You can own again after all
Today, you may be wondering if buying a home after foreclosure is possible. It is.
- You will have a waiting period for prime financing
- You can buy sooner with private or portfolio lenders
- Expect to pay more if you finance soon after losing a home
Check your credit and determine what options — conventional, government, non-prime, and more — are available to you.
You’re not alone
If you’ve lost your home in recent years, you’re not alone. Between 2006 and 2014, over 9.2 million Americans lost homes due to foreclosure, short sales or deeds in lieu of foreclosure. But that was then, and this is now.
It pays to find out the facts and explore your choices. If you can prove that you’ve rebounded financially, you stand a better chance of becoming a boomerang buyer.
What to expect the next time around
Prepare for a steeper climb ahead, says Rick Sharga, Executive Vice President of Carrington Mortgage Holdings.
“Foreclosure, short sale or deeds in lieu of foreclosure can make it very difficult for a consumer to get the financing they need to buy another home. These items dramatically lower your FICO credit score,” he says. “And they stay on your record for up to seven years.”
Past foreclosures make you statistically more likely to default on a loan. And lenders don’t like the added risk.
“Expect to pay a higher interest rate and down payment,” he notes. “You may also need several months of cash reserves on hand to qualify for a loan.”
Waiting out the clock
Many lenders require a minimum waiting period after a foreclosure before you can apply for a new mortgage loan:
- three years for FHA loans
- seven years for Fannie Mae/Freddie Mac loans
- two years for Veterans Affairs loans
- three years for USDA loans
- other lenders have different waiting periods.
But you may be able shorten some of this time. This requires proving that the foreclosure was due to a qualifying hardship. A medical disaster, layoff or business failure may qualify. This may get you Fannie Mae or Freddie Mac loan in as little as three years. And it may shorten the VA or FHA loan waiting period to only one year.
Document your hardship with receipts for paid hospital bills, news articles detailing your company shutdown, or a police report showing that you were victimized by crime, for instance. Write a letter explaining that what happened was beyond your control and why it won’t recur.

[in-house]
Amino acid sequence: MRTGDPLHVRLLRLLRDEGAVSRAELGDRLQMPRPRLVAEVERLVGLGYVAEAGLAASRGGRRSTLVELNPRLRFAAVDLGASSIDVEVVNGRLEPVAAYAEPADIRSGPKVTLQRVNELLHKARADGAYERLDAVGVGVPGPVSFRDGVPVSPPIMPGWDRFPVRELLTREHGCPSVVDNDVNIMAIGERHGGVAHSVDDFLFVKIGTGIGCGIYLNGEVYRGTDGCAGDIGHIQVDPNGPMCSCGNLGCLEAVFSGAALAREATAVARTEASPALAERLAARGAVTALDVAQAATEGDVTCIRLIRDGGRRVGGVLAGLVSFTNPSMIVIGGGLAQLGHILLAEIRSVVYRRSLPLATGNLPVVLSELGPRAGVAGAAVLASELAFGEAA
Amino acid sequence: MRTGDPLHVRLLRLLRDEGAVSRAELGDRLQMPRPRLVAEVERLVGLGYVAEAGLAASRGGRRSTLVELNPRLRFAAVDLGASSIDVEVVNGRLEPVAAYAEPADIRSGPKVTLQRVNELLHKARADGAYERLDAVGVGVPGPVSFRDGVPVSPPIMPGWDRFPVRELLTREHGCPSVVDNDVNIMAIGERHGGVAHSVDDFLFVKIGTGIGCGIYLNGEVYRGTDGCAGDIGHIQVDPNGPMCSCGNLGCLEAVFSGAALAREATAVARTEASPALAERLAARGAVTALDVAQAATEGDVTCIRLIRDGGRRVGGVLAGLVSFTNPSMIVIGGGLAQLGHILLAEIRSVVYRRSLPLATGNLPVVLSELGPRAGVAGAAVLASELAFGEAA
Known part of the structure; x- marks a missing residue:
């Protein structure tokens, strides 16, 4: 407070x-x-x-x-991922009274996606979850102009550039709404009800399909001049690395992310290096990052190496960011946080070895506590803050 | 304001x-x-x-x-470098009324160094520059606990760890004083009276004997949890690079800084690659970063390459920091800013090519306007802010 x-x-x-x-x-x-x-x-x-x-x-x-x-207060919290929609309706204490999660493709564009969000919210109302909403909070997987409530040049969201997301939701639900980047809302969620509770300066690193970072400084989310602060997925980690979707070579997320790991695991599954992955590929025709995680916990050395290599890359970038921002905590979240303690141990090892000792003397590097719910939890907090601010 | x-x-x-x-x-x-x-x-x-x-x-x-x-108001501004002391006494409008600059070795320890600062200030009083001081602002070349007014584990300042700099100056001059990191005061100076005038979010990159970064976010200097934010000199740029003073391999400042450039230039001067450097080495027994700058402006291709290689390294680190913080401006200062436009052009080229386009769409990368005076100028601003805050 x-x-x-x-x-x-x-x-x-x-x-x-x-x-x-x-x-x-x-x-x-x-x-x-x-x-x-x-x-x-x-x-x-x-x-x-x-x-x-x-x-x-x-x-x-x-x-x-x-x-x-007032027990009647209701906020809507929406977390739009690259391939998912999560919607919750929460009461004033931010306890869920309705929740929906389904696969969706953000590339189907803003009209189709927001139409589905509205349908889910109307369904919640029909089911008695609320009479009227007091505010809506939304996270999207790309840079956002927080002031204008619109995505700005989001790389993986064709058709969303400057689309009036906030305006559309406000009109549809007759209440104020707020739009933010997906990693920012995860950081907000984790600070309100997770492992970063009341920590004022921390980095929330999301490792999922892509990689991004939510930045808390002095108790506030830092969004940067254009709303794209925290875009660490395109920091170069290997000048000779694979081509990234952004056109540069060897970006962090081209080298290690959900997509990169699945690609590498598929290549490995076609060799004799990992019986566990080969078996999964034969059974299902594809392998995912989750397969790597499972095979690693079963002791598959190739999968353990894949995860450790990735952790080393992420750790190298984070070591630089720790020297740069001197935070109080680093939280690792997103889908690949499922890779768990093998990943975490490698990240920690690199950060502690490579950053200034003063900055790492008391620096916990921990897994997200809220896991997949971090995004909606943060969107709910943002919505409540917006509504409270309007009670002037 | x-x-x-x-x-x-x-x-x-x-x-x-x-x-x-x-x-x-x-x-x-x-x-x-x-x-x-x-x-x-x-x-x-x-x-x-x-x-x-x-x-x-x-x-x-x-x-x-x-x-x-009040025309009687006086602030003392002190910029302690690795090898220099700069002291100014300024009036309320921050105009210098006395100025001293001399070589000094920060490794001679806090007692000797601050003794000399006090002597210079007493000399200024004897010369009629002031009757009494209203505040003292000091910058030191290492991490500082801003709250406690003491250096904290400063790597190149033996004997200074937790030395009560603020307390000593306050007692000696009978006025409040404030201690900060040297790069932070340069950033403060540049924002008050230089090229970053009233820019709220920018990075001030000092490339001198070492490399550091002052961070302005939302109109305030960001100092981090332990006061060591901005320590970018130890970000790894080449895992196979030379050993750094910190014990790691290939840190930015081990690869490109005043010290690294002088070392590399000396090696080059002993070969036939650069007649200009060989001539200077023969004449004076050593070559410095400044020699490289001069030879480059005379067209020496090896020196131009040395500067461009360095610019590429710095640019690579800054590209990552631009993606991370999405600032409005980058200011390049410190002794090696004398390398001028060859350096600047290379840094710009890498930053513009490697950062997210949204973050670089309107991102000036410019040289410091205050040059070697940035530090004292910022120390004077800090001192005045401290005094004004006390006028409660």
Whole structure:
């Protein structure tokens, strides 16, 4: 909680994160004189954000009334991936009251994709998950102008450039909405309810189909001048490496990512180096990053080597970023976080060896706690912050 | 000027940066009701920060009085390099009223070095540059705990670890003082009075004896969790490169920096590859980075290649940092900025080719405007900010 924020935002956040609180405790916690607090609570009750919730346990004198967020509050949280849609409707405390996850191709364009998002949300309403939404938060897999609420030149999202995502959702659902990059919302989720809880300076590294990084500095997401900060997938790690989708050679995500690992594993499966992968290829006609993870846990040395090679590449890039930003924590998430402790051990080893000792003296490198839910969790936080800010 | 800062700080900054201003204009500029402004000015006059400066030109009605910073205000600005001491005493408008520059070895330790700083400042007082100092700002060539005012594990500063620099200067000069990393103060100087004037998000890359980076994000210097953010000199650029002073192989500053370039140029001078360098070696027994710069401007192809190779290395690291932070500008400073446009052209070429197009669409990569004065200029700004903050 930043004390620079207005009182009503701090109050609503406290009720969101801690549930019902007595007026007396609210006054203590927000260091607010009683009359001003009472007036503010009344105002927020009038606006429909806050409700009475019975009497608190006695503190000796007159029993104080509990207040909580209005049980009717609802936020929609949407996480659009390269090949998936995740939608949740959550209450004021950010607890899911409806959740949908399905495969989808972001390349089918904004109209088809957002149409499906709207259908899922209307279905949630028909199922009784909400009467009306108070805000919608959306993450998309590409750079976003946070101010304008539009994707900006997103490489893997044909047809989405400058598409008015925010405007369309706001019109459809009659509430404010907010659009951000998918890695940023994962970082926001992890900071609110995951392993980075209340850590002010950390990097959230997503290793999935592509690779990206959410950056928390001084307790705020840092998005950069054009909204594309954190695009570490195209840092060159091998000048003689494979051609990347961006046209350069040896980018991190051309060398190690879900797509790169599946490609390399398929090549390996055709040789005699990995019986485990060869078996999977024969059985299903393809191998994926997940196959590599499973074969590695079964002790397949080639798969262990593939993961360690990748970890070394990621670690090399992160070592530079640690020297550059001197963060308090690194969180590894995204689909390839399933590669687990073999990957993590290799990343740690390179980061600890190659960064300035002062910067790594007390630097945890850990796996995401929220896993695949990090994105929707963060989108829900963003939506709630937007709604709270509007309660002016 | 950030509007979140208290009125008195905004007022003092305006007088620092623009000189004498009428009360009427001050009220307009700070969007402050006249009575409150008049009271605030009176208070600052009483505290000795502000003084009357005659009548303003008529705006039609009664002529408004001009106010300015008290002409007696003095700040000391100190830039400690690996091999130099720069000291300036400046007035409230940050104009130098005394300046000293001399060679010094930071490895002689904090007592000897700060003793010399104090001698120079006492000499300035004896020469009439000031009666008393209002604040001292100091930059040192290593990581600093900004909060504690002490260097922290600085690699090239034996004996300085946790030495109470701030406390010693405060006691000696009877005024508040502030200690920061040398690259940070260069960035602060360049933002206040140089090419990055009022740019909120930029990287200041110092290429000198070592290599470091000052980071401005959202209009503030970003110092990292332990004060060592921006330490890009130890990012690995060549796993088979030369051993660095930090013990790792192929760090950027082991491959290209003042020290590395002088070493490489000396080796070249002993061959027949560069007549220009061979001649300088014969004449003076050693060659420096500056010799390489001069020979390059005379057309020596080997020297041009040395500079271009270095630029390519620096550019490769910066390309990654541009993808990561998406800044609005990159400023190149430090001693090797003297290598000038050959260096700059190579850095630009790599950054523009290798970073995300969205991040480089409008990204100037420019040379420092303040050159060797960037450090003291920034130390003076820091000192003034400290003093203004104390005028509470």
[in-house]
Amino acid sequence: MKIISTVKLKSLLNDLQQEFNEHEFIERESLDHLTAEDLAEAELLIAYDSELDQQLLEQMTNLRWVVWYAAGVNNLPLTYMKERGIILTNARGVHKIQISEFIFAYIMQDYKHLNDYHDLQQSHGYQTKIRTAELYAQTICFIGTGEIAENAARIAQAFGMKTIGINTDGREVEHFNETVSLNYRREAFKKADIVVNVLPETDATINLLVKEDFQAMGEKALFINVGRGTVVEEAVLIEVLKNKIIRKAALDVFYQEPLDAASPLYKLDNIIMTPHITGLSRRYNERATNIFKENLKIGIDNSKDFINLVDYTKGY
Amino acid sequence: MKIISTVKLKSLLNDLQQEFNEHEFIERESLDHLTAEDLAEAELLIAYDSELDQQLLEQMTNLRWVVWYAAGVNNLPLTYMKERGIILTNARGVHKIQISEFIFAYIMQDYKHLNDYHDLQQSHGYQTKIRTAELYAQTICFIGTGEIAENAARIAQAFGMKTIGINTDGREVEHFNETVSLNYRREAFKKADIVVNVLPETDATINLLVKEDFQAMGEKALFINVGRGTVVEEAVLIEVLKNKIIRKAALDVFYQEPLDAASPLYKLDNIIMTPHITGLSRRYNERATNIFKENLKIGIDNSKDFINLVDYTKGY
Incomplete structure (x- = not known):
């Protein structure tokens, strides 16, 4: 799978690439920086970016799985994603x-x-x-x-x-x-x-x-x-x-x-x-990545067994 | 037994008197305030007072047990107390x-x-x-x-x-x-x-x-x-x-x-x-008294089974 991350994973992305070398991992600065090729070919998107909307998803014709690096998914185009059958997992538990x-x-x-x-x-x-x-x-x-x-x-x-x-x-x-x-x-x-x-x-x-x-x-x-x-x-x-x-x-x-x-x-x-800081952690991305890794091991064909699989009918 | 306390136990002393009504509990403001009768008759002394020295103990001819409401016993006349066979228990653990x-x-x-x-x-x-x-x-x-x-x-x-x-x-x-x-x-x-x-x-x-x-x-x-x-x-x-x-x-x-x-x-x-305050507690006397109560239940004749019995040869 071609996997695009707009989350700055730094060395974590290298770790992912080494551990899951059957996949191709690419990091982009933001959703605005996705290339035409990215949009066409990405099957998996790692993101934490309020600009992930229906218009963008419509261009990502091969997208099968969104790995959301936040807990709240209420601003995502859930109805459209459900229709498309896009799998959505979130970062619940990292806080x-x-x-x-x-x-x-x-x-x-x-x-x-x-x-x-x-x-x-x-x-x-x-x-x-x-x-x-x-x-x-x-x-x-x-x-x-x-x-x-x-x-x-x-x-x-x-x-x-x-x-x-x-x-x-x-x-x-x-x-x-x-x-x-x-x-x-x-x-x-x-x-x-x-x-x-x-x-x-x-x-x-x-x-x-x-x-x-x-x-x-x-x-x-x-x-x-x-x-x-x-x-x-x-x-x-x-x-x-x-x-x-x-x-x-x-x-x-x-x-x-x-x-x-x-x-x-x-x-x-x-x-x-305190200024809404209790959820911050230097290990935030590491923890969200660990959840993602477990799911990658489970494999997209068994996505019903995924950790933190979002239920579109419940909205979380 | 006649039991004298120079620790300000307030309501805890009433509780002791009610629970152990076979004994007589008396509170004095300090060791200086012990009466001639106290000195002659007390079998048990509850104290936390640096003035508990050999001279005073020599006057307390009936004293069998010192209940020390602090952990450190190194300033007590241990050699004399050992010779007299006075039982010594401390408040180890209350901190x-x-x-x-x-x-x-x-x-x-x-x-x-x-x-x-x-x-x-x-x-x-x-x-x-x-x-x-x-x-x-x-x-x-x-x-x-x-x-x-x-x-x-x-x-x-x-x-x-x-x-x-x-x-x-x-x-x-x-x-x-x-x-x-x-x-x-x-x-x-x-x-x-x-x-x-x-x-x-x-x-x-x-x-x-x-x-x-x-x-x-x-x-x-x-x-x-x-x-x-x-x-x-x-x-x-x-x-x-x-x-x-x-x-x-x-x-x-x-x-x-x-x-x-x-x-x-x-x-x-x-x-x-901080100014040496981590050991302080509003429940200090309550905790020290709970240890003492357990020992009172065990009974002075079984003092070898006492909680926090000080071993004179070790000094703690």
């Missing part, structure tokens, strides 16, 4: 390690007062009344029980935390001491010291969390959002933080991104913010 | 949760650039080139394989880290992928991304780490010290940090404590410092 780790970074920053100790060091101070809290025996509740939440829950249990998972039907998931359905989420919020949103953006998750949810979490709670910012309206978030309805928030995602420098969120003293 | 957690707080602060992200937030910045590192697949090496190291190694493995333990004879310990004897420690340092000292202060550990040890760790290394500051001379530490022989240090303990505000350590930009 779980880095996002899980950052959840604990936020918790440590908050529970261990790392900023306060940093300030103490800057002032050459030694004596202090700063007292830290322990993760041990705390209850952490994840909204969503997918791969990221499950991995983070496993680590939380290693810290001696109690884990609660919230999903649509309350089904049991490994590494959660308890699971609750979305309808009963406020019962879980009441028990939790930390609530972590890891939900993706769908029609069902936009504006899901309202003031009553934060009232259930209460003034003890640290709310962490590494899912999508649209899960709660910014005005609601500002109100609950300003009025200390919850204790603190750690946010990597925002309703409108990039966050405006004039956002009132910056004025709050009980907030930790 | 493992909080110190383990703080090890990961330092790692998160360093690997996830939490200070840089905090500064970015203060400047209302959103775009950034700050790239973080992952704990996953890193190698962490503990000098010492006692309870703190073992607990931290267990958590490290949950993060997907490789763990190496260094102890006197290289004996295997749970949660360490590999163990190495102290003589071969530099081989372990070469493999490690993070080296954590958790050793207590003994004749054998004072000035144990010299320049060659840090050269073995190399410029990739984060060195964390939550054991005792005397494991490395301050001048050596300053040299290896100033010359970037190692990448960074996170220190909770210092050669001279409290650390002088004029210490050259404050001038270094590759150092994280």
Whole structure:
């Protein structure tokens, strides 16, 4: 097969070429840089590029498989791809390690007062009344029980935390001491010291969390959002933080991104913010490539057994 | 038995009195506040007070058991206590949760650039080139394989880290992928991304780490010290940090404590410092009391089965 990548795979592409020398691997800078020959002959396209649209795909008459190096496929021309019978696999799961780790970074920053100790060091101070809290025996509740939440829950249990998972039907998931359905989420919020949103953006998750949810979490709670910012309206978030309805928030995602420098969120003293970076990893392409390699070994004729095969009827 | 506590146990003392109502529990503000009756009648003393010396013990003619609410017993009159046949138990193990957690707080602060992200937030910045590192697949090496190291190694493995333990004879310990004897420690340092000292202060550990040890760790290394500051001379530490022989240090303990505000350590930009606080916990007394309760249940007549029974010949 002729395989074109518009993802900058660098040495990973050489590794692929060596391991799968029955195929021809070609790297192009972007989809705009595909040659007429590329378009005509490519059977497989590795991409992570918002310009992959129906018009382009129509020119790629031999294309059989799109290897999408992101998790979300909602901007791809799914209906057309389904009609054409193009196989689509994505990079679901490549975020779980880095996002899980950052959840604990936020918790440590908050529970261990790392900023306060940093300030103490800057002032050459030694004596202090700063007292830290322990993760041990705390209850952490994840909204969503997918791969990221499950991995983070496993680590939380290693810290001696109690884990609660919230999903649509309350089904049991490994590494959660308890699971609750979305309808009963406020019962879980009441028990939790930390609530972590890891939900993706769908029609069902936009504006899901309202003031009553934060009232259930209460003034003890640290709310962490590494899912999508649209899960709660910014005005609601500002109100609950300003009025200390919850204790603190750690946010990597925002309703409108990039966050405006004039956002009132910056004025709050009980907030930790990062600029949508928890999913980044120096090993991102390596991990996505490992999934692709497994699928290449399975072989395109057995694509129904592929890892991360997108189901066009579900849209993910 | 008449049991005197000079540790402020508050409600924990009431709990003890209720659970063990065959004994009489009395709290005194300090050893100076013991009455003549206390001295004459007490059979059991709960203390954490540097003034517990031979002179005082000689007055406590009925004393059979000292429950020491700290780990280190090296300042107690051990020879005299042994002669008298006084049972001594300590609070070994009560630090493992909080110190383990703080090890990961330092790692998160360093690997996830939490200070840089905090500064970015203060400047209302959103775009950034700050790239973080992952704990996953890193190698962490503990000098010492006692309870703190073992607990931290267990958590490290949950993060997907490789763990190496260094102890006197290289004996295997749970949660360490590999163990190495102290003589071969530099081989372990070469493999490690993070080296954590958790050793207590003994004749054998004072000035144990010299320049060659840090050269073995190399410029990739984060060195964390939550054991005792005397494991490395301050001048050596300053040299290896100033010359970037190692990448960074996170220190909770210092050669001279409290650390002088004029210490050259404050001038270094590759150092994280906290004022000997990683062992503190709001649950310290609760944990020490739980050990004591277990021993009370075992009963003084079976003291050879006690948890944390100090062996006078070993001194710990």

If your foreclosure was over eight years ago, things should go smoother.
“In that case, there should be no additional complexities to financing your home,” says Chris Lewis with Angel Oak Home Loans. “You’ll simply qualify along the same lines of income, assets, credit and property to be eligible for traditional mortgage financing.”
I lost my home and now I want to buy again – what do I need to do?
Buying a home after foreclosure with an FHA, Freddie Mac, Fannie Mae, VA or USDA mortgage means abiding by their rules and waiting periods. Even then, you still might get turned down.
“But there are other choices if you’ve begun to repair your credit,” says Sharga. “For instance, loans might be available from private hard money lenders. Or lenders who offer non-prime mortgages could be an option.”
He says these loans are likely to have much higher interest rates than loans to those with excellent credit. “And they may demand higher down payments or cash reserves. More documentation could be required, as well.”
Private and non-prime mortgage lenders may cost you more. But borrowing from them can also help you rebuild credit. “That way, you can refinance later into a less expensive conventional loan,” Sharga adds.
Ways to help your cause
Want to improve your chances of getting a mortgage loan? Sharga suggests these tips:
- Make all credit payments on time. “This demonstrates a good payment history.”
- Pay down debt. This improves your debt-to-income (DTI) ratio, which lenders prefer to be 43 percent or lower. “Try to keep credit balances below 30 percent of your credit limit for each account.”
- Save as much as you can for the down payment. “Try to save at least three months of your own funds as cash reserves, as well.”-
- Create a letter explaining the hardship you’ve endured.
- Contact a variety of lenders and ask what they require.
- Be honest with lenders about your credit and past issues.
- Monitor your credit for six to 12 months before applying for a loan. You can access your credit report for free once a year at AnnualCreditReport.com.
- Know which kind of documentation you’ll need. “Often, a two-year employment history and at least two months of bank statements are needed. Be sure you have all the documents you need in order.”
- Don’t open any new credit accounts or a car loan immediately prior to applying for a mortgage.
- Think about buying a less costly home. “This will ensure that you can more easily make payments and build up equity faster.”
You’ll want to convince lenders that you can be a successful homeowner. Preparing to buy a home after foreclosure will help you become more debt-savvy and financially healthy.
The information contained on The Mortgage Reports website is for informational purposes only and is not an advertisement for products offered by Full Beaker. The views and opinions expressed herein are those of the author and do not reflect the policy or position of Full Beaker, its officers, parent, or affiliates.
Enjoyed Post? Give it a share..